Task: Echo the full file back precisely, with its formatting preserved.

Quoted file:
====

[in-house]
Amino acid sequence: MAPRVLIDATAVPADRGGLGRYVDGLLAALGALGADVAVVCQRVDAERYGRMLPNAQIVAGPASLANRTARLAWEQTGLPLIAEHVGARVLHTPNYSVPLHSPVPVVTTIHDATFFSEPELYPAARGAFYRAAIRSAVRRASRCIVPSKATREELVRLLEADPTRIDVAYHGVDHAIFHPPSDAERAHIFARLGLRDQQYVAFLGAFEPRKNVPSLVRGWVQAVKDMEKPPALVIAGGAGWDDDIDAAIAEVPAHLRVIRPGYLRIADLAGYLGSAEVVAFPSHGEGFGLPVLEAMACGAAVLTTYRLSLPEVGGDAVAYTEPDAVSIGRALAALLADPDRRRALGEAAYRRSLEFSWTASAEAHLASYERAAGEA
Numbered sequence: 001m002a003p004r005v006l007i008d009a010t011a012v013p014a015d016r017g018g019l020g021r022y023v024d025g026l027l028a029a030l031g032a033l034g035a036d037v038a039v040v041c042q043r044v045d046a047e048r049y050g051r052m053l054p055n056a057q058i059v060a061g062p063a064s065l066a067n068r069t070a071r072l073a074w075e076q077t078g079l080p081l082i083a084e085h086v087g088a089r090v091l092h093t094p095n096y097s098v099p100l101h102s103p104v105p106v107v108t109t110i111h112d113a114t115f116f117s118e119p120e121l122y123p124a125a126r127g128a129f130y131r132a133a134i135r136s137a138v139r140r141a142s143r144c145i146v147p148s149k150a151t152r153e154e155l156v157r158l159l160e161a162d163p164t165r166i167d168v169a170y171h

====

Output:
[in-house]
Amino acid sequence: MAPRVLIDATAVPADRGGLGRYVDGLLAALGALGADVAVVCQRVDAERYGRMLPNAQIVAGPASLANRTARLAWEQTGLPLIAEHVGARVLHTPNYSVPLHSPVPVVTTIHDATFFSEPELYPAARGAFYRAAIRSAVRRASRCIVPSKATREELVRLLEADPTRIDVAYHGVDHAIFHPPSDAERAHIFARLGLRDQQYVAFLGAFEPRKNVPSLVRGWVQAVKDMEKPPALVIAGGAGWDDDIDAAIAEVPAHLRVIRPGYLRIADLAGYLGSAEVVAFPSHGEGFGLPVLEAMACGAAVLTTYRLSLPEVGGDAVAYTEPDAVSIGRALAALLADPDRRRALGEAAYRRSLEFSWTASAEAHLASYERAAGEA
Numbered sequence: 001m002a003p004r005v006l007i008d009a010t011a012v013p014a015d016r017g018g019l020g021r022y023v024d025g026l027l028a029a030l031g032a033l034g035a036d037v038a039v040v041c042q043r044v045d046a047e048r049y050g051r052m053l054p055n056a057q058i059v060a061g062p063a064s065l066a067n068r069t070a071r072l073a074w075e076q077t078g079l080p081l082i083a084e085h086v087g088a089r090v091l092h093t094p095n096y097s098v099p100l101h102s103p104v105p106v107v108t109t110i111h112d113a114t115f116f117s118e119p120e121l122y123p124a125a126r127g128a129f130y131r132a133a134i135r136s137a138v139r140r141a142s143r144c145i146v147p148s149k150a151t152r153e154e155l156v157r158l159l160e161a162d163p164t165r166i167d168v169a170y171h